Ginsberg thinks that the mystic is unrealistic because he fails to see that language is not a mere collection of arbitrary signs. He also fails to understand that language is an invention that enables us to describe the external world as accurately as possible. In other words, language does not merely describe things but also produces knowledge about them. Ginsberg also believes that language is not arbitrary in the sense of being a mere convention. Rather, it is a necessary and objective system that is based on a set of rational rules. Ginsberg, then, believes that language is an accurate tool for describing reality. As such, he believes that the mystic is unrealistic because he does not use language in an appropriate way. Instead, the mystic “drags the word sun / into the sand, / where no word can survive.” He fails to understand that language is meant to survive in the sand of the external world.
How Does the Realist Understand Language?
The poet argues that the mystic is unrealistic because he fails to understand that language is a valid way of describing the external world. Ginsberg also believes that the mystic fails to see that language is an objective system that is based on a set of rational rules. Ginsberg believes that language has a role to play in our direct experience of the world. He believes that we can use it to accurately describe things by bringing them “out of the fog / into the light.” He then suggests that the mystic is unrealistic because he does not understand that language can be an accurate way of describing the real world. He fails to see that language is a valid system that is based on rational rules. In doing so, the mystic is guilty of “put[ting] the word back in the book / where he found it / and tak[ing] the sun / out of the sky / where it shined for all.”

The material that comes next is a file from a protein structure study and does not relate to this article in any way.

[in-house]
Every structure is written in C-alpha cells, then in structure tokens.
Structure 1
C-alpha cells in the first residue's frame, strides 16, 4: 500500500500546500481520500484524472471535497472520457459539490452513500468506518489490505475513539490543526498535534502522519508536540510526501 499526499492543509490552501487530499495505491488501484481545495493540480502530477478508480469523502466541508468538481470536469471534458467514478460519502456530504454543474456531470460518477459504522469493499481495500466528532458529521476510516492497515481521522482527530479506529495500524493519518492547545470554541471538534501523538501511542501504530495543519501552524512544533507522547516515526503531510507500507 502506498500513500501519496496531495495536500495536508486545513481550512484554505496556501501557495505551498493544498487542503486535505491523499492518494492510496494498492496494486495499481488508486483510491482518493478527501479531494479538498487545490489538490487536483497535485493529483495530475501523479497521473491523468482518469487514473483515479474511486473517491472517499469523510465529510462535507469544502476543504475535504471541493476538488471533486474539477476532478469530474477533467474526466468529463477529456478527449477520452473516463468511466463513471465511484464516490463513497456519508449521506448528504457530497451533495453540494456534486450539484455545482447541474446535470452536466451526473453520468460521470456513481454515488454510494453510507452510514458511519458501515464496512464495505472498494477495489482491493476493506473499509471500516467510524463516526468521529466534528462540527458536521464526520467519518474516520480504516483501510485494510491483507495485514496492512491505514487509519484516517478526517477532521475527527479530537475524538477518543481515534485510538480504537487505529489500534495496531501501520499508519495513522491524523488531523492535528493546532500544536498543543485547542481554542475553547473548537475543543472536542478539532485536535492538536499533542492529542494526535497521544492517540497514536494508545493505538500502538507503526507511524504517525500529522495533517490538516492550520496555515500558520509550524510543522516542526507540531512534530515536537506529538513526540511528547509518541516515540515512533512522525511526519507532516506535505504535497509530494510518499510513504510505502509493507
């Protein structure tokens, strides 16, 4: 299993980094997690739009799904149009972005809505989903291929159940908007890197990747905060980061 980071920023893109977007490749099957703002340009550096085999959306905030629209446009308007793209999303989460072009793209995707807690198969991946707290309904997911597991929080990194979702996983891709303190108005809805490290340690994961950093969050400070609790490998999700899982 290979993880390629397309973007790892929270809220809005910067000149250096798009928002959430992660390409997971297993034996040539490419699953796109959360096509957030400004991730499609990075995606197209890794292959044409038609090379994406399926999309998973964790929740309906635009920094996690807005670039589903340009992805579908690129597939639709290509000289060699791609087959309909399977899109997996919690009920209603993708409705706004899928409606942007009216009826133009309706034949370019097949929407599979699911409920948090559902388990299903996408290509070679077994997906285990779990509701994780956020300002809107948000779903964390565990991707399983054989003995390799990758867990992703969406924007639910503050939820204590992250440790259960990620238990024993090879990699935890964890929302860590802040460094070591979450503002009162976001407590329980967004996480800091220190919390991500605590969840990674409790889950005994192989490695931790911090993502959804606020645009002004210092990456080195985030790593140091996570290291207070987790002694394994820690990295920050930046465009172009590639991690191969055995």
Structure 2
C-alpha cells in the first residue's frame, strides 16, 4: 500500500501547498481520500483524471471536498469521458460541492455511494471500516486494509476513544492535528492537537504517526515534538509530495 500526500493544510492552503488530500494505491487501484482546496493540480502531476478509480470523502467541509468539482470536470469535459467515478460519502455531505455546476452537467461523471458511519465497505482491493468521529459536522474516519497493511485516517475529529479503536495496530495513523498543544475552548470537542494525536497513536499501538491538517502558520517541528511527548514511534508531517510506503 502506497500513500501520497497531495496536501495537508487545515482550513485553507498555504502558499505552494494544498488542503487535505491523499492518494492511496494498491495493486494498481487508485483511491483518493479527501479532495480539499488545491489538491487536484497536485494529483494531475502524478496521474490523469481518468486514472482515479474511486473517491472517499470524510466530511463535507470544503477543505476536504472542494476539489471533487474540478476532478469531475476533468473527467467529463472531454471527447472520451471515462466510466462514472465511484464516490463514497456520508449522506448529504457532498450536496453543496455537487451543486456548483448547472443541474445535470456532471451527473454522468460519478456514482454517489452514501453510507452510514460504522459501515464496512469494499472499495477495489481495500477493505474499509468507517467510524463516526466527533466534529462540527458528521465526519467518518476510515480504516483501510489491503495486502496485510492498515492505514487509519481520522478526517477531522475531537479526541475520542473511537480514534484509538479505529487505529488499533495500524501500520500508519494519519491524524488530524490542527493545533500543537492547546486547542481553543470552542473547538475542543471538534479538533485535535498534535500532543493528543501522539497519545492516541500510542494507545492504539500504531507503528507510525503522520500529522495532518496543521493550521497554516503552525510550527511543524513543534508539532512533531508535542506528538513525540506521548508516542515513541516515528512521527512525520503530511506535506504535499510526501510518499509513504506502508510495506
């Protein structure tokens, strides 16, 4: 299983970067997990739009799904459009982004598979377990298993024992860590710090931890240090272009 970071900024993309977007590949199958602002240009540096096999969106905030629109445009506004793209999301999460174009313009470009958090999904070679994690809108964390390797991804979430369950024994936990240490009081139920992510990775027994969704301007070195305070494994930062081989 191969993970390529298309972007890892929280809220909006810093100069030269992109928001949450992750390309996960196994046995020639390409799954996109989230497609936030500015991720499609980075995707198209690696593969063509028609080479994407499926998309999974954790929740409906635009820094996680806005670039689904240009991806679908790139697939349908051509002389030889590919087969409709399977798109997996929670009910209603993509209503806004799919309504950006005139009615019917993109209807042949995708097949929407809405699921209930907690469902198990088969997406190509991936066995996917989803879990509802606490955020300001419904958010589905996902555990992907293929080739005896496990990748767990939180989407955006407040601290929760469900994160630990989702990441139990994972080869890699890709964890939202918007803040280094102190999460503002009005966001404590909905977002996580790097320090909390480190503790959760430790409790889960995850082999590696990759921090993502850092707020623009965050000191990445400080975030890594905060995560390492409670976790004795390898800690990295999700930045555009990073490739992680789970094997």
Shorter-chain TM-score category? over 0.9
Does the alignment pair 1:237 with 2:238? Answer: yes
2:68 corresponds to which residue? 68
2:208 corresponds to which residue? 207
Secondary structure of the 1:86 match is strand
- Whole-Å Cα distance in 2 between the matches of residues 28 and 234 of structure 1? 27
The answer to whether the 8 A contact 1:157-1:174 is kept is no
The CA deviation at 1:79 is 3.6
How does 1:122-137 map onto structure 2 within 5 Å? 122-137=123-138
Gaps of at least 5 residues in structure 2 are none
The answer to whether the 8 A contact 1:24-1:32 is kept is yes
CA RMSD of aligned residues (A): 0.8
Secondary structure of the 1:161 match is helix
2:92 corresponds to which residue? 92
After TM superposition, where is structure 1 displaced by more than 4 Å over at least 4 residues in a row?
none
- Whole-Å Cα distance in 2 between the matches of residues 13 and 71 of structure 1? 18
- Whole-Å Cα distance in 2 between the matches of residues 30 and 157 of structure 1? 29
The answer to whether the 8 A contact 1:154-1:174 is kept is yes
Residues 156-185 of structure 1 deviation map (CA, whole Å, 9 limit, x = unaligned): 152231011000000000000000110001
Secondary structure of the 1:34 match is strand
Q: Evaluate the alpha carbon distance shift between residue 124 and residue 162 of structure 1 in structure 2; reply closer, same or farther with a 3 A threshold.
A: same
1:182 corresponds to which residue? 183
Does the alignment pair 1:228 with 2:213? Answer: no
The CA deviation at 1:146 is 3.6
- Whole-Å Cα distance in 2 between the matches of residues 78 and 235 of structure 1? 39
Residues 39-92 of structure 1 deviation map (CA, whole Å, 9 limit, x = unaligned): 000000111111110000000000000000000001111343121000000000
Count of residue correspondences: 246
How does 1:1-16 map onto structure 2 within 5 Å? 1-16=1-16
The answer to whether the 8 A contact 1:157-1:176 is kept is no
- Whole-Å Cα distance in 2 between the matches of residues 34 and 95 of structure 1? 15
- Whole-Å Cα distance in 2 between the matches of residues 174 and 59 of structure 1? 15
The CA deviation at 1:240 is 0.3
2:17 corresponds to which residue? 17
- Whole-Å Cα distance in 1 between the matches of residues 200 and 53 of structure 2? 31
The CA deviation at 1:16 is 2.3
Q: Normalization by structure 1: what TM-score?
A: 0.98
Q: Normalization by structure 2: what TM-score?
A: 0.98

Is There an Authentic Type of Mysticism?
Ginsberg believes that there is a type of mysticism that is more authentic than the one that he has criticized. This type of mysticism is neither unrealistically dismissive of language nor unrealistically reliant on it. Instead, it is something that attempts to find a middle ground between these two extremes. It is a mysticism that understands that language is an accurate way of describing the external world. It is a mysticism that recognizes the difference between our experience of the world and reality itself. In other words, it is a mysticism that urges us to look at the sun with our own eyes and see it as the sun itself rather than a mere fog.
While Ginsberg’s poem “The Mystic Unmasked” is often read as an attack on Buddhism, this is not necessarily the case. Rather, the poet’s main target is a specific type of mysticism that is more interested in denying the world than describing it accurately. Ginsberg wants to emphasize the fact that reality is not something that can be escaped from but something that can be understood and described as accurately as possible. He shows that we can use language to describe the external world and that language can be an accurate way of doing this. This is precisely the reason why we should not dismiss language as a mere convention or an arbitrary set of signs but understand it as a valid system that is based on a set of rational rules.